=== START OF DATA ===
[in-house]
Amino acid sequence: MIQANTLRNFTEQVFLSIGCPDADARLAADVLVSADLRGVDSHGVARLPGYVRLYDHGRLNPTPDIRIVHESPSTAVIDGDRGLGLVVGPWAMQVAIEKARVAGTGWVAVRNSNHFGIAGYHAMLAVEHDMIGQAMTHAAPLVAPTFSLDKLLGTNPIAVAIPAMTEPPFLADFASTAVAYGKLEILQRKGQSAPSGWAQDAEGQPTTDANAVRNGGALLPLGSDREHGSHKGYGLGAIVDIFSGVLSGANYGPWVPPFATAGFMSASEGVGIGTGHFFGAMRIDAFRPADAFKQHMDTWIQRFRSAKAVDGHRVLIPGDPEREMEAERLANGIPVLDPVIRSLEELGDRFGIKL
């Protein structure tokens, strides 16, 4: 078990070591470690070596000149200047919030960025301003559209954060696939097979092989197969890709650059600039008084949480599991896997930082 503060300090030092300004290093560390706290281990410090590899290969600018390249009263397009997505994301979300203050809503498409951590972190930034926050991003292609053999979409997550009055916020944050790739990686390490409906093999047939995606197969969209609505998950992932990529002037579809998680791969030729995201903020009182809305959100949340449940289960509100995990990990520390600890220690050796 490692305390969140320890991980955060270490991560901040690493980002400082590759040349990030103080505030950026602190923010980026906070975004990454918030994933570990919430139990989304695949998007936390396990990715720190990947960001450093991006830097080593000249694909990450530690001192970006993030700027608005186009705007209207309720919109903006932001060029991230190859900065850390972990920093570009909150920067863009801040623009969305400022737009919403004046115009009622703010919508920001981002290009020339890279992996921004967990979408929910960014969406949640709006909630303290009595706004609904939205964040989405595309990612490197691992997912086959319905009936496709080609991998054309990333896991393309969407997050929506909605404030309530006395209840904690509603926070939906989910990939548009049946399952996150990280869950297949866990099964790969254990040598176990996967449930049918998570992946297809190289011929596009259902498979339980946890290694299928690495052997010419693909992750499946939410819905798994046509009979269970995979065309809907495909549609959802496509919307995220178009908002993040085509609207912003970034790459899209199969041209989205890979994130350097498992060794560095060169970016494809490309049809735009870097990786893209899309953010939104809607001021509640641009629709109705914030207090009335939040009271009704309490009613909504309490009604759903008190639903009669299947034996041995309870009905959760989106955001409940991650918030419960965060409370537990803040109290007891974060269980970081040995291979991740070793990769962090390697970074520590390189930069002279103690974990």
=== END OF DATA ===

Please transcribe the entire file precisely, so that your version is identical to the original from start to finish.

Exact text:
[in-house]
Amino acid sequence: MIQANTLRNFTEQVFLSIGCPDADARLAADVLVSADLRGVDSHGVARLPGYVRLYDHGRLNPTPDIRIVHESPSTAVIDGDRGLGLVVGPWAMQVAIEKARVAGTGWVAVRNSNHFGIAGYHAMLAVEHDMIGQAMTHAAPLVAPTFSLDKLLGTNPIAVAIPAMTEPPFLADFASTAVAYGKLEILQRKGQSAPSGWAQDAEGQPTTDANAVRNGGALLPLGSDREHGSHKGYGLGAIVDIFSGVLSGANYGPWVPPFATAGFMSASEGVGIGTGHFFGAMRIDAFRPADAFKQHMDTWIQRFRSAKAVDGHRVLIPGDPEREMEAERLANGIPVLDPVIRSLEELGDRFGIKL
């Protein structure tokens, strides 16, 4: 078990070591470690070596000149200047919030960025301003559209954060696939097979092989197969890709650059600039008084949480599991896997930082 503060300090030092300004290093560390706290281990410090590899290969600018390249009263397009997505994301979300203050809503498409951590972190930034926050991003292609053999979409997550009055916020944050790739990686390490409906093999047939995606197969969209609505998950992932990529002037579809998680791969030729995201903020009182809305959100949340449940289960509100995990990990520390600890220690050796 490692305390969140320890991980955060270490991560901040690493980002400082590759040349990030103080505030950026602190923010980026906070975004990454918030994933570990919430139990989304695949998007936390396990990715720190990947960001450093991006830097080593000249694909990450530690001192970006993030700027608005186009705007209207309720919109903006932001060029991230190859900065850390972990920093570009909150920067863009801040623009969305400022737009919403004046115009009622703010919508920001981002290009020339890279992996921004967990979408929910960014969406949640709006909630303290009595706004609904939205964040989405595309990612490197691992997912086959319905009936496709080609991998054309990333896991393309969407997050929506909605404030309530006395209840904690509603926070939906989910990939548009049946399952996150990280869950297949866990099964790969254990040598176990996967449930049918998570992946297809190289011929596009259902498979339980946890290694299928690495052997010419693909992750499946939410819905798994046509009979269970995979065309809907495909549609959802496509919307995220178009908002993040085509609207912003970034790459899209199969041209989205890979994130350097498992060794560095060169970016494809490309049809735009870097990786893209899309953010939104809607001021509640641009629709109705914030207090009335939040009271009704309490009613909504309490009604759903008190639903009669299947034996041995309870009905959760989106955001409940991650918030419960965060409370537990803040109290007891974060269980970081040995291979991740070793990769962090390697970074520590390189930069002279103690974990």